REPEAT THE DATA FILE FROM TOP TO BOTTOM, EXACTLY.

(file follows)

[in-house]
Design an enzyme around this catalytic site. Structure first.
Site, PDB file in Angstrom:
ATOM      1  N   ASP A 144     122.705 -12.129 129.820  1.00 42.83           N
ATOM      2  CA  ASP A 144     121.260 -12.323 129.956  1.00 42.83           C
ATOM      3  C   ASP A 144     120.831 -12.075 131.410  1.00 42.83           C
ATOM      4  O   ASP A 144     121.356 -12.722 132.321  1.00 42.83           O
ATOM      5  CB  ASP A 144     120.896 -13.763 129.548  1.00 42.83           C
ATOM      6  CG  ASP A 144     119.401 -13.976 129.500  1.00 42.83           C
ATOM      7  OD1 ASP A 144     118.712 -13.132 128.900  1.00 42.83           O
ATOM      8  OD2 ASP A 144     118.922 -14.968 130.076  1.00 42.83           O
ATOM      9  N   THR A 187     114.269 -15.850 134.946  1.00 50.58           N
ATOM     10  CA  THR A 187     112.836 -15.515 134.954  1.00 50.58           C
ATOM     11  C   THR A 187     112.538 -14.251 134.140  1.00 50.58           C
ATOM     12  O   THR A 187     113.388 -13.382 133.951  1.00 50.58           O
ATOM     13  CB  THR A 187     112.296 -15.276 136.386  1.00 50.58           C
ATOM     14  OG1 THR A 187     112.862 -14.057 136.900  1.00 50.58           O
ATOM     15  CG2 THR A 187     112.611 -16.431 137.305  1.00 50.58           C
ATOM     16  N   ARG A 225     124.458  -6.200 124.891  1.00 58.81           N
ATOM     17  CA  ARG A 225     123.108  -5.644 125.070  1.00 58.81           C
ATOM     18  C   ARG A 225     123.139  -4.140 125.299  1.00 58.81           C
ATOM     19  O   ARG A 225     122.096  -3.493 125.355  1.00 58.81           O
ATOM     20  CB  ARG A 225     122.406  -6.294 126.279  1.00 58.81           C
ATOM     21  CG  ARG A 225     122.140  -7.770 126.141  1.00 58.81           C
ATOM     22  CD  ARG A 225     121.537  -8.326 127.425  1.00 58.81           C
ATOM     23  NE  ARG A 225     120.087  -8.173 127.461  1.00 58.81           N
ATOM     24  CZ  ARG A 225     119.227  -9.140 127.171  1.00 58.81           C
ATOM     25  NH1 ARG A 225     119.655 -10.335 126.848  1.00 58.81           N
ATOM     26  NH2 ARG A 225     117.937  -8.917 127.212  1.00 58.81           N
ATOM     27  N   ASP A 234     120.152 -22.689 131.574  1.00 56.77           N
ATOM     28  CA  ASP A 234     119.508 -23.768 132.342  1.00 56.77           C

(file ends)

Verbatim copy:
[in-house]
Design an enzyme around this catalytic site. Structure first.
Site, PDB file in Angstrom:
ATOM      1  N   ASP A 144     122.705 -12.129 129.820  1.00 42.83           N
ATOM      2  CA  ASP A 144     121.260 -12.323 129.956  1.00 42.83           C
ATOM      3  C   ASP A 144     120.831 -12.075 131.410  1.00 42.83           C
ATOM      4  O   ASP A 144     121.356 -12.722 132.321  1.00 42.83           O
ATOM      5  CB  ASP A 144     120.896 -13.763 129.548  1.00 42.83           C
ATOM      6  CG  ASP A 144     119.401 -13.976 129.500  1.00 42.83           C
ATOM      7  OD1 ASP A 144     118.712 -13.132 128.900  1.00 42.83           O
ATOM      8  OD2 ASP A 144     118.922 -14.968 130.076  1.00 42.83           O
ATOM      9  N   THR A 187     114.269 -15.850 134.946  1.00 50.58           N
ATOM     10  CA  THR A 187     112.836 -15.515 134.954  1.00 50.58           C
ATOM     11  C   THR A 187     112.538 -14.251 134.140  1.00 50.58           C
ATOM     12  O   THR A 187     113.388 -13.382 133.951  1.00 50.58           O
ATOM     13  CB  THR A 187     112.296 -15.276 136.386  1.00 50.58           C
ATOM     14  OG1 THR A 187     112.862 -14.057 136.900  1.00 50.58           O
ATOM     15  CG2 THR A 187     112.611 -16.431 137.305  1.00 50.58           C
ATOM     16  N   ARG A 225     124.458  -6.200 124.891  1.00 58.81           N
ATOM     17  CA  ARG A 225     123.108  -5.644 125.070  1.00 58.81           C
ATOM     18  C   ARG A 225     123.139  -4.140 125.299  1.00 58.81           C
ATOM     19  O   ARG A 225     122.096  -3.493 125.355  1.00 58.81           O
ATOM     20  CB  ARG A 225     122.406  -6.294 126.279  1.00 58.81           C
ATOM     21  CG  ARG A 225     122.140  -7.770 126.141  1.00 58.81           C
ATOM     22  CD  ARG A 225     121.537  -8.326 127.425  1.00 58.81           C
ATOM     23  NE  ARG A 225     120.087  -8.173 127.461  1.00 58.81           N
ATOM     24  CZ  ARG A 225     119.227  -9.140 127.171  1.00 58.81           C
ATOM     25  NH1 ARG A 225     119.655 -10.335 126.848  1.00 58.81           N
ATOM     26  NH2 ARG A 225     117.937  -8.917 127.212  1.00 58.81           N
ATOM     27  N   ASP A 234     120.152 -22.689 131.574  1.00 56.77           N
ATOM     28  CA  ASP A 234     119.508 -23.768 132.342  1.00 56.77           C